Something must be done to address NYC's speeding epidemic. To this end, T.A. is calling on the City to design streets for lower speeds, for the NYPD to collect data that documents the frequency of speeding, and for the State Legislature to pave the way for speeding enforcement cameras in NYC.
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Symposium Thank You

Bike Maryland updates
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The 12th Annual Maryland Bicycle Symposium


The 12th Annual Bike Symposium in Annapolis on February 4th was a huge success!  Although the weather caused school closings in many counties approximately 400 to 500 people attended.  Additionally, there were twenty exhibitors displaying projects and engaging the audience.   The high attendance indicates that people care deeply about promoting bicycling as a means of alternative transportation.  As our population grows it is critical that a safe infrastructure, along with laws protecting bicyclists, are intact.

John Porcari, Maryland Secretary of Transportation, gave an upbeat report on MDOT’s work on Bike Projects in Maryland and Delegate Jon Cardin Chair of the Legislative Bike Caucus gave an overview of the many Bike Bills being considered this session in Annapolis. Jim Swift, Chairman of the Maryland Bicycle and Pedestrian Advisory Committee (MBPAC), gave a presentation on MBPAC. Presenters Charlie Denney of Alta Planning + Design, Stephanie Yanovitz of VHB, and Bill Schultheiss of Toole Design kept all the audience in their seats before lunch by educating the attendees on bicycle safety and answering questions.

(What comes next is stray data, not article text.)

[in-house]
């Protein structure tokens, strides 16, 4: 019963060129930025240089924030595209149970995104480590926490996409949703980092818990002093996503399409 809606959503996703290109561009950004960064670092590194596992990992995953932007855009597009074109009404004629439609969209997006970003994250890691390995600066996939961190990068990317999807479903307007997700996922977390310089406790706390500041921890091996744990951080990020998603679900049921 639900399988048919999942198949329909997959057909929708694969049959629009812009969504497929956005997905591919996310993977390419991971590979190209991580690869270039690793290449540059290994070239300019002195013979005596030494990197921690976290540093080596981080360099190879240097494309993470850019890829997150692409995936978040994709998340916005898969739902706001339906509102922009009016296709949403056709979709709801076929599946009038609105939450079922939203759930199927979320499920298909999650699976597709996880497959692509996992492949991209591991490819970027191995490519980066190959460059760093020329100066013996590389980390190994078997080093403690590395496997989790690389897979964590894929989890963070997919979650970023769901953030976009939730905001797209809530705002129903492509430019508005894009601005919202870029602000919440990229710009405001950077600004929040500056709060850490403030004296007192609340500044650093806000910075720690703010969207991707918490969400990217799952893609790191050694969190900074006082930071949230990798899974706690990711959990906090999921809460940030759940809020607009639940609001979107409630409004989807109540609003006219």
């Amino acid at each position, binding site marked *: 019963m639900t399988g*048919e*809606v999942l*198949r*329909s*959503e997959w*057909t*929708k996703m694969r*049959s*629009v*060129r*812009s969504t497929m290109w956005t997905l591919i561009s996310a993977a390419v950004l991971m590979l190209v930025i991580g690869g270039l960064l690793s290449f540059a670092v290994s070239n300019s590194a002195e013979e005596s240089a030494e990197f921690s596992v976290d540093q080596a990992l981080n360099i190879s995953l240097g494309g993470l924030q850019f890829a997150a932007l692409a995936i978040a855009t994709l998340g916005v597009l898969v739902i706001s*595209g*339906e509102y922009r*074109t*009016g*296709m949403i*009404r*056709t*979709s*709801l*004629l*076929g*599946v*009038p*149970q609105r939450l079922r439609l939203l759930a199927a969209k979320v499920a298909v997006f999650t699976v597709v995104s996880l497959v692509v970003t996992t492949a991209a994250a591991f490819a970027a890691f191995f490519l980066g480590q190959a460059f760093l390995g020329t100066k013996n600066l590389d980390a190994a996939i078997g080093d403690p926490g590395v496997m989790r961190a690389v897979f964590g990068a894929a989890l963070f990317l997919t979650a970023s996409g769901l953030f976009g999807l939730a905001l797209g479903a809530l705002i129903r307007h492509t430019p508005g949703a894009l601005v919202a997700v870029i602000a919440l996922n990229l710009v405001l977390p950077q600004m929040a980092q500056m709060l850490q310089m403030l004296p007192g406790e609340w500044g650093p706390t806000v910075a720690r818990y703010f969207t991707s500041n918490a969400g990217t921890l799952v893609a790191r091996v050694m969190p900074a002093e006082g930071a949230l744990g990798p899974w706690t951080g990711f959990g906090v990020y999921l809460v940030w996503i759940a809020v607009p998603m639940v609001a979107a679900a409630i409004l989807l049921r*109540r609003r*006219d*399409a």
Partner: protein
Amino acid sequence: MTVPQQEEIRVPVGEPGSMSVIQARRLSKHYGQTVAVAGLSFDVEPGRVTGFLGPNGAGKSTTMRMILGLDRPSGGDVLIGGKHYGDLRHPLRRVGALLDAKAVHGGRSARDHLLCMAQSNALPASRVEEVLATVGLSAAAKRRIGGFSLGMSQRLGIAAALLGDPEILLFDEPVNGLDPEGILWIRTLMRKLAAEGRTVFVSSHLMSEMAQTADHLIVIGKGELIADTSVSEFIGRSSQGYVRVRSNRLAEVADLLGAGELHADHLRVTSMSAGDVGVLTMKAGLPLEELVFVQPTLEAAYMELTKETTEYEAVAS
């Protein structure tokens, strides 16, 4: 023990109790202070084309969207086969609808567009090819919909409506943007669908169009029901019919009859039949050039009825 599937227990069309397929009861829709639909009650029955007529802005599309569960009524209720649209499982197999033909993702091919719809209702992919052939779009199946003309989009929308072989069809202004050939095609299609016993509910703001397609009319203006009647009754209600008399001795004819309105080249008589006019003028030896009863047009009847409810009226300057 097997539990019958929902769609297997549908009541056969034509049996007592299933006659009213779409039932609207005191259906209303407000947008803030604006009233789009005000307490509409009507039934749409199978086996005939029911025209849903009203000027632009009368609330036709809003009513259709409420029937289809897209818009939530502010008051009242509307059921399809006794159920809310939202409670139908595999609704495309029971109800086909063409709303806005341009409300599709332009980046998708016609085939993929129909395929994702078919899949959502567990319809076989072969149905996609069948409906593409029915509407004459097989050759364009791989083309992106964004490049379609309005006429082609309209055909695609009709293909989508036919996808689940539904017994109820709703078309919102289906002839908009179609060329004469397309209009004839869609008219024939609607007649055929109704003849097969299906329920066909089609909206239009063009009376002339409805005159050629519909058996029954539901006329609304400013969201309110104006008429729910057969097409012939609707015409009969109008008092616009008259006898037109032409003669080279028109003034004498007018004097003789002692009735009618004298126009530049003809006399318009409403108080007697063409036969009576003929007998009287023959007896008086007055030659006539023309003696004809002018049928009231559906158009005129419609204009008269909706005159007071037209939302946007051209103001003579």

Senator Jim Rosapepe presented Senator Brian Frosh with an outstanding Bike Accomplishment award from OLC and Jim and Jane Hudnall received a special OLC Award for all their many years of making these Symposia successful. Bill Kelly was presented a Senate Proclamation by Senator Rosapepe for his many years of Bike Service to the Maryland. The symposium takes place because of the many hours of volunteer service Bill and Jim dedicate to the coordination of the event.  The awards were followed by interesting and informative talks from Eric Gilliland of WABA, Sergeant Chris Davala of the Maryland State Police and the International Police Mountain Bike Association, and Caron Whitaker of America Bikes.

The symposium was taped by John Wetmore and the recording will be linked to the OLC website.  OLC’s new website will be up by month’s end with exciting opportunities for interacting with you through a blog, action alerts and more!

OLC is a non-profit organization that really needs your help during this tough period to continue to advocate and produce events like the Symposium that are free to the public.  To make a donation by check please make the check payable to OLC and mail to:  One Less Car, 1209 North Calvert Street, Baltimore, MD 21202.  To donate via credit card visit  https://www.z2systems.com/np/clients/onelesscar/donation.jsp.

Save the date of October 4th 2009 for this year’s Tour du Port - Baltimore’s Premier Bicycling Event!  There will be rides from 14 to 40 miles and we are working to develop a 63-mile metric century as well.  All proceeds go to OLC to promote bicycle use and safety.  On the day after Tour Du Port, (Monday Oct, 5, 2009) the Fall Bike Forum will take place at John Hopkins Applied Physics Lab in Laurel, MD from 6 to 9 p.m.

Thank you all!

Carol Silldorff, M.P.A.
Executive Director
One Less Car

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Maryland should adopt the Idaho stop law.

  •  Strongly agree
  •  Mostly agree
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The state should support what kind of bicycle facilities?

  •  Off-road bike trails